In this 3-part series, we will look at how a poor lunch can affect our work.
In our previous post about this topic, we took a look at our how body reacts to certain types of food and why we feel drowsy after consuming lunch. I hope all of us have beaten the Z-monster at least 90% of the time (It is alright to have that one sinful lunch…).
Now that we are conscious, we can work on having our food work towards our benefit (just like money with all that working for us… right?). The food that we consume can actually help boost productivity!
Focus and Concentration
You see, our brain requires glucose to operate at an optimal level. If our glucose levels are depleted, it becomes harder for us to focus while at work, simply because your brain is running out of fuel! But of course, it is not as simple as refueling your car at a gas station. Similar to petrol, there are many different types of food that will be processed differently by your body. Some food will naturally be processed more efficiently than others.
With that, we will be looking at food that can provide us with glucose. By glucose, we are referring to that important yet simple form of sugar which occurs naturally, not all that ‘added sugar‘ junk. Those will only add empty calories and boost your waistline (Note: Although added sugars can boost something of yours, it is not a good booster!).
Natural sources of glucose includes, but not limited to:
- Fresh Fruits (like Grapes – Best enjoyed with someone feeding it straight to your mouth!)
- Honey (Spread them everywhere! You won’t regret it.)
- Dairy Products – These contains lactose, which is composed of galactose and glucose. (Got milk?)
Our memory is especially important for work. After all, it is pretty difficult to get the job done when we don’t remember what the boss said. In fact, we may not even remember that we were fired and will come to work as per normal while everyone gives you that strange look.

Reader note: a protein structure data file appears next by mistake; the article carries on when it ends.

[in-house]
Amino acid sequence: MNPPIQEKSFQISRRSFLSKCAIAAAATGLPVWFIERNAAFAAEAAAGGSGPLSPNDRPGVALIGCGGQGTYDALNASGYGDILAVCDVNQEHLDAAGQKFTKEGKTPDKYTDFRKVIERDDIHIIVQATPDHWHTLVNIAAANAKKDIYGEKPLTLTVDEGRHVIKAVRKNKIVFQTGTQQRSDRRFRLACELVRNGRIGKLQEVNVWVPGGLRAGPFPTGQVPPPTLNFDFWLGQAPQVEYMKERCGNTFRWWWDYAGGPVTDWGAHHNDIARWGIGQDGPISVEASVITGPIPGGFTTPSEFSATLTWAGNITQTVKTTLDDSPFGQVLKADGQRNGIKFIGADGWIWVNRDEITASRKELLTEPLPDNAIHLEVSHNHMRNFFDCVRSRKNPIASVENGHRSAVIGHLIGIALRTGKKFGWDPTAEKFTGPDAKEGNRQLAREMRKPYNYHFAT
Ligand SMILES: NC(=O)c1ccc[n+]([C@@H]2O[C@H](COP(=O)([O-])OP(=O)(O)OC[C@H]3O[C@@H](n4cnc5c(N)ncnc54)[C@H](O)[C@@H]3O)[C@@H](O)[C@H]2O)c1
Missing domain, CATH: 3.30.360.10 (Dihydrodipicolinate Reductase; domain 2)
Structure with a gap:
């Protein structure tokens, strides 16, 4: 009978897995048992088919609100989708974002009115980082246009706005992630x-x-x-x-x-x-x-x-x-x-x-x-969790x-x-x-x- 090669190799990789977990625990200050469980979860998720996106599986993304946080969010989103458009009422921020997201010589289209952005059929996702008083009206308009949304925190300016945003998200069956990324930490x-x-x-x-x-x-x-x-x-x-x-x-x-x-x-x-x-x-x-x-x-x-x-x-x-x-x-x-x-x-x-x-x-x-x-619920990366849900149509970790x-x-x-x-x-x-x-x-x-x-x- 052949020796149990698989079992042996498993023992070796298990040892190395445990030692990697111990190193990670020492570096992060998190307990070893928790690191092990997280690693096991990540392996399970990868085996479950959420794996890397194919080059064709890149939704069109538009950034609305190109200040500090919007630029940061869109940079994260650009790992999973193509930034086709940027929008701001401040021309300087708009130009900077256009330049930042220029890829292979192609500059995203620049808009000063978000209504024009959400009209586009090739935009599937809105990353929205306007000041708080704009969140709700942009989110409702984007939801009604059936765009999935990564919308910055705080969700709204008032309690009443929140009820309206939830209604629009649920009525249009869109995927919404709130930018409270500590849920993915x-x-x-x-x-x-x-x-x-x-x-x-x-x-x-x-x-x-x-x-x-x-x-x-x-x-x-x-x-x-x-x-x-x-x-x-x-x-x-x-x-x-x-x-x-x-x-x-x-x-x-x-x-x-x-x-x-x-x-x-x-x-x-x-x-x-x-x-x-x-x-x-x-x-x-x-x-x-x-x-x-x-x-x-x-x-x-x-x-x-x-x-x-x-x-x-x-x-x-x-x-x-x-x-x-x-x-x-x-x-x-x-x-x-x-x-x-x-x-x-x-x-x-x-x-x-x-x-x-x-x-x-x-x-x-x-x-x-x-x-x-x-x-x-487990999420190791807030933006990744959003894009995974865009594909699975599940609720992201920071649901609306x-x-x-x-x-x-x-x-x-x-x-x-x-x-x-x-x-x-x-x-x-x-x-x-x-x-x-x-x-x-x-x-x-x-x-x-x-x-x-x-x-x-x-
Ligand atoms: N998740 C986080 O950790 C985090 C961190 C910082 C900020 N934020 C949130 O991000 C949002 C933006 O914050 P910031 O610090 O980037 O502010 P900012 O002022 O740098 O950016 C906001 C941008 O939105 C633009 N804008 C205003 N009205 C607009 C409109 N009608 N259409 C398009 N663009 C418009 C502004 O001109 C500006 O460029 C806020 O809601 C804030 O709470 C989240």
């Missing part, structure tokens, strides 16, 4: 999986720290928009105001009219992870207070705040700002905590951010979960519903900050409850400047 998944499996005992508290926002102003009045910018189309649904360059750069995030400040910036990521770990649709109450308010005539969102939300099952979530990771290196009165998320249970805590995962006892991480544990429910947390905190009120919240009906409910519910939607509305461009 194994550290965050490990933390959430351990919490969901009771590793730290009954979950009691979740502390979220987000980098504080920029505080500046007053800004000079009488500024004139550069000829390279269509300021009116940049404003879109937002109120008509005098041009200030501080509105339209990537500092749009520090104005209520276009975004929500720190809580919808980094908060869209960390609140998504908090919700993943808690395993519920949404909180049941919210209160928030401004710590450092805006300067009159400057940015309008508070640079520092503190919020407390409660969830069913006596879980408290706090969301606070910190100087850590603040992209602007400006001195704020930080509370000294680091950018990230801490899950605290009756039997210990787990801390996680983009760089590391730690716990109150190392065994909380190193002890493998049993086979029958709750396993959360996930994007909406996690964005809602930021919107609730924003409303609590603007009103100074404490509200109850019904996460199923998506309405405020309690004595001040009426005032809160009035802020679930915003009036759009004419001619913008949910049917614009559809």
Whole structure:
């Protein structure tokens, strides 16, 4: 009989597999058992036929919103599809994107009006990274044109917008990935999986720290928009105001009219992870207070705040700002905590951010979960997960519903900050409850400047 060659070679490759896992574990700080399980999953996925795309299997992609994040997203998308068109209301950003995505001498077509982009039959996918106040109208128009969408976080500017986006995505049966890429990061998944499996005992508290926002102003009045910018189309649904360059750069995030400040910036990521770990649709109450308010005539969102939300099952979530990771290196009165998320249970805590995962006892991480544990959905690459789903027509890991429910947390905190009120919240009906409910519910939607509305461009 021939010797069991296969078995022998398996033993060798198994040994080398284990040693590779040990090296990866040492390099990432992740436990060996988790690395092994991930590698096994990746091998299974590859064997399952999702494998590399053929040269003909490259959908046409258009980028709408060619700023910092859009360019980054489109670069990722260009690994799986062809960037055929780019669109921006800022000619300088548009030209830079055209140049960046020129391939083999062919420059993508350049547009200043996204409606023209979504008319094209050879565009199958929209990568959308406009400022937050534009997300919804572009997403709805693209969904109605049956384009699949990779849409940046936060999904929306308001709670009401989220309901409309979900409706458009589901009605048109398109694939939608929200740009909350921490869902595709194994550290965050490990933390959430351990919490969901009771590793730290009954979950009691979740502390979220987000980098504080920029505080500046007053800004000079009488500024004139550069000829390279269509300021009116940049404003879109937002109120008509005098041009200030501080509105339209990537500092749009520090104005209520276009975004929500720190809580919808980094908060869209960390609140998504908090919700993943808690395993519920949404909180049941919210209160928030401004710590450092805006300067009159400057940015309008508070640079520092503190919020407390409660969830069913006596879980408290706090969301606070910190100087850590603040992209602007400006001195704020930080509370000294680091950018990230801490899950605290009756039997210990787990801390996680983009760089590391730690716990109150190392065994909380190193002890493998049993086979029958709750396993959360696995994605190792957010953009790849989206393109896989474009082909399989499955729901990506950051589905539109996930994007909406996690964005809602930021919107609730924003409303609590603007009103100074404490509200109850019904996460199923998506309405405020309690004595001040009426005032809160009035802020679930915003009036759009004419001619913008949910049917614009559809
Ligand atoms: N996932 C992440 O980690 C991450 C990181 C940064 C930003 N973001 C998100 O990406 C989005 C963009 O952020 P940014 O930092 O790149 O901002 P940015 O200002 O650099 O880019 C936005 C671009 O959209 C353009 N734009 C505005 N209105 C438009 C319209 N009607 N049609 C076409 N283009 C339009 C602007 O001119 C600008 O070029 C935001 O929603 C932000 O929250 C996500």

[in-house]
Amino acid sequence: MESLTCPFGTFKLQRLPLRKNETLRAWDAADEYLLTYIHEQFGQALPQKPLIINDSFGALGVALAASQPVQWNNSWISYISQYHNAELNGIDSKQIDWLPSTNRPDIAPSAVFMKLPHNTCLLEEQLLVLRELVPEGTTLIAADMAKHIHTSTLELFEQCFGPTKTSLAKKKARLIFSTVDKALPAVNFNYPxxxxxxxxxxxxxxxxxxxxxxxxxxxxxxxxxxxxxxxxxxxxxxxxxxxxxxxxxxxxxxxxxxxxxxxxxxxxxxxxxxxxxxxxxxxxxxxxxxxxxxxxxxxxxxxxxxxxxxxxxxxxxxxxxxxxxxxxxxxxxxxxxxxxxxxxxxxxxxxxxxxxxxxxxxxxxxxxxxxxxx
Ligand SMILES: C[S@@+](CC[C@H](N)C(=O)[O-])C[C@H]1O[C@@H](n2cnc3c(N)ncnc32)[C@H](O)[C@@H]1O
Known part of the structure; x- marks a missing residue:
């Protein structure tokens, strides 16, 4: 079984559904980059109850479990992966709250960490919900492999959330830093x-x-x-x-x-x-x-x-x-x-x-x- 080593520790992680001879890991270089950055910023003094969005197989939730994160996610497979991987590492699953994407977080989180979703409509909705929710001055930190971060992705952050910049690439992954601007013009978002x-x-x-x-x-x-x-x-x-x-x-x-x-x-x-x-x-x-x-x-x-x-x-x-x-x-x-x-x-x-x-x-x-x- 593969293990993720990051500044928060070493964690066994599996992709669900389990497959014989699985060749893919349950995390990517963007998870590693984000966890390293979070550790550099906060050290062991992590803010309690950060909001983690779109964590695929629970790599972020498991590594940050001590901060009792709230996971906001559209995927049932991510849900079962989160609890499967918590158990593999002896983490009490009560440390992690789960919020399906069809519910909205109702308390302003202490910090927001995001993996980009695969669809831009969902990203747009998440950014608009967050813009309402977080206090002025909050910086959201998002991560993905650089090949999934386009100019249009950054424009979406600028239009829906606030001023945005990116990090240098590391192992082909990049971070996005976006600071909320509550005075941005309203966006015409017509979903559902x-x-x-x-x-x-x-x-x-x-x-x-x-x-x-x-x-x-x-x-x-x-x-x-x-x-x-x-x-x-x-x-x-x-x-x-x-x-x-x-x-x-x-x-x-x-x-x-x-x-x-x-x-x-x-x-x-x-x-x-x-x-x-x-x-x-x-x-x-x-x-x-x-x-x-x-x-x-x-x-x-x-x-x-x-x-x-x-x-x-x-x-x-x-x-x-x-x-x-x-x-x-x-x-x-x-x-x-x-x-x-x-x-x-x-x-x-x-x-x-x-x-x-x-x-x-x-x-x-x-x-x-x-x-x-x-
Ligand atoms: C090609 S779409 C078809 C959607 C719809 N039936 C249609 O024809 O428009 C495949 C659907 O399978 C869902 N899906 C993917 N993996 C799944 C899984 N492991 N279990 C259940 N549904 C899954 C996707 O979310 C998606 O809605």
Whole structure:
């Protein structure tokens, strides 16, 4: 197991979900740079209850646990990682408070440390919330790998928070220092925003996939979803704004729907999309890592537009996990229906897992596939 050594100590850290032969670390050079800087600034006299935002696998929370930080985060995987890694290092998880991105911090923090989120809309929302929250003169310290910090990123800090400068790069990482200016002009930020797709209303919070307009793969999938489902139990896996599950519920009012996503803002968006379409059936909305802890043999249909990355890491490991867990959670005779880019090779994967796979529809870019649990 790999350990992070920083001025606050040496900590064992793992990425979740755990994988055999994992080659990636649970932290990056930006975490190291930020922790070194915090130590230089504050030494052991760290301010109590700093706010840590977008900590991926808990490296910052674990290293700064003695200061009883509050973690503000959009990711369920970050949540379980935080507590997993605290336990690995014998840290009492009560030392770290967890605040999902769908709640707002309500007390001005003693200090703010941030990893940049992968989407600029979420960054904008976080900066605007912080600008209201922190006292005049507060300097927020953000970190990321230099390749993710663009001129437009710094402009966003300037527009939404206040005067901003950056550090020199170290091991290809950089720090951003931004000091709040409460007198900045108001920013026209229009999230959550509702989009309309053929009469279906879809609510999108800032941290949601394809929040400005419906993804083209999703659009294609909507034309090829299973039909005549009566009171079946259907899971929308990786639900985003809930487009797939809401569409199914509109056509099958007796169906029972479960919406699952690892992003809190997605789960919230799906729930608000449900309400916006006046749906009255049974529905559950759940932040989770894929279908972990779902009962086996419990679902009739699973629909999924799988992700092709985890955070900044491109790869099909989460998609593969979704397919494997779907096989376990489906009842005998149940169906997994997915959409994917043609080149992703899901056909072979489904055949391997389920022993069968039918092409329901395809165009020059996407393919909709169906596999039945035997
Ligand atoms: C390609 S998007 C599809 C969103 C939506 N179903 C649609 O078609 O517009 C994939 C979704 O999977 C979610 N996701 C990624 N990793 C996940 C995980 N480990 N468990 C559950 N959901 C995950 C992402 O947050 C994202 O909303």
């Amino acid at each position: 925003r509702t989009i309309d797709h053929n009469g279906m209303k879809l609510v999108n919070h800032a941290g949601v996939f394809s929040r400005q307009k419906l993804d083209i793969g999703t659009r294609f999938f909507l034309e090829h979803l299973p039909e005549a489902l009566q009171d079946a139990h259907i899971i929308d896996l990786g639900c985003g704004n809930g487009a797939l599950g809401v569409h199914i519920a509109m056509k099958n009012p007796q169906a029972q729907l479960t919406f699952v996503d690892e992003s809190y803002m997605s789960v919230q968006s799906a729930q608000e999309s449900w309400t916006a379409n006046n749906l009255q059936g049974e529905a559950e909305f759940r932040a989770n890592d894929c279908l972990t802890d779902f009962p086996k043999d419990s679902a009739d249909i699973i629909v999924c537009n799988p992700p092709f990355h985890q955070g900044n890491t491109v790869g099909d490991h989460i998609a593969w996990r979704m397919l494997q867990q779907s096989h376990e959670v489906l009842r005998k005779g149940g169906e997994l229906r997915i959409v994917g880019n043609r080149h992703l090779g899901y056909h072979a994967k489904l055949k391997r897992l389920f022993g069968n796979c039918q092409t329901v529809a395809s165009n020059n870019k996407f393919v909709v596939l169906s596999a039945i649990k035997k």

More importantly however, having a good working memory will allow you to actually work more efficiently as you spend less time looking for things in folders, emails or just around your desk (like mine).
Our brain cells are rather vulnerable to oxidation, which is similar to when oxygen ‘attacks’ a cut apple that slowly turns it brown. Thus, with antioxidants, they can neutralize the ‘evil-doers’ also known as free radicals and protect your mind.
Antioxidants can be found in fruits, vegetables and nuts. That is why when your mom says ‘Eat your veggies!’, you should have listened. But don’t worry, it’s not too late. You can start now.
Omega-3 Fatty Acids
Why you so fat? Well, more specifically, why your brain so fat? That’s because the brain contains quite a large amount of fats. Having said, it should not come as a surprise that fats actually aid in brain function. Well, not all fats, mostly of the Omega (3, 6 and 9) variety. These type of fatty acids are essential as our bodies are incapable of producing them.
Omega-3 fatty acids actually cover a range of fatty acids which have awfully tough names to pronounce, such as eiconsapentaenoic acid (EPA), docosahexaenoic acid (DHA) and alpha-linolenic acid (ALA). We will now refer to them by their acronyms as they are not only difficult to pronounce, they are just as difficult to type.
According to a study, Omega-3 helps to improve memory and combat Alzheimer’s disease. Therefore, if you intend to retire in a healthy state, you may consider investing in Omega-3 early.
Sources of Omega-3 includes, but not limited to:
- Walnuts (Makes up 50% of the ‘chunk’ in Chunky Monkey)
- Sardines (The fishy version of Soft-shelled crabs! ‘cos you can eat the bones too)
- Salmon (Them Norwegians will be so happy…)
- Beef (Rejoice!)
Therefore, if we load up on the right combination of food, especially during lunch, we can actually provide our brain with a boost of energy (just imagine having a nitrous oxide engine for your brain that you can fire up everyday!). Working more efficiently also helps you take a big stride towards that upcoming promotion!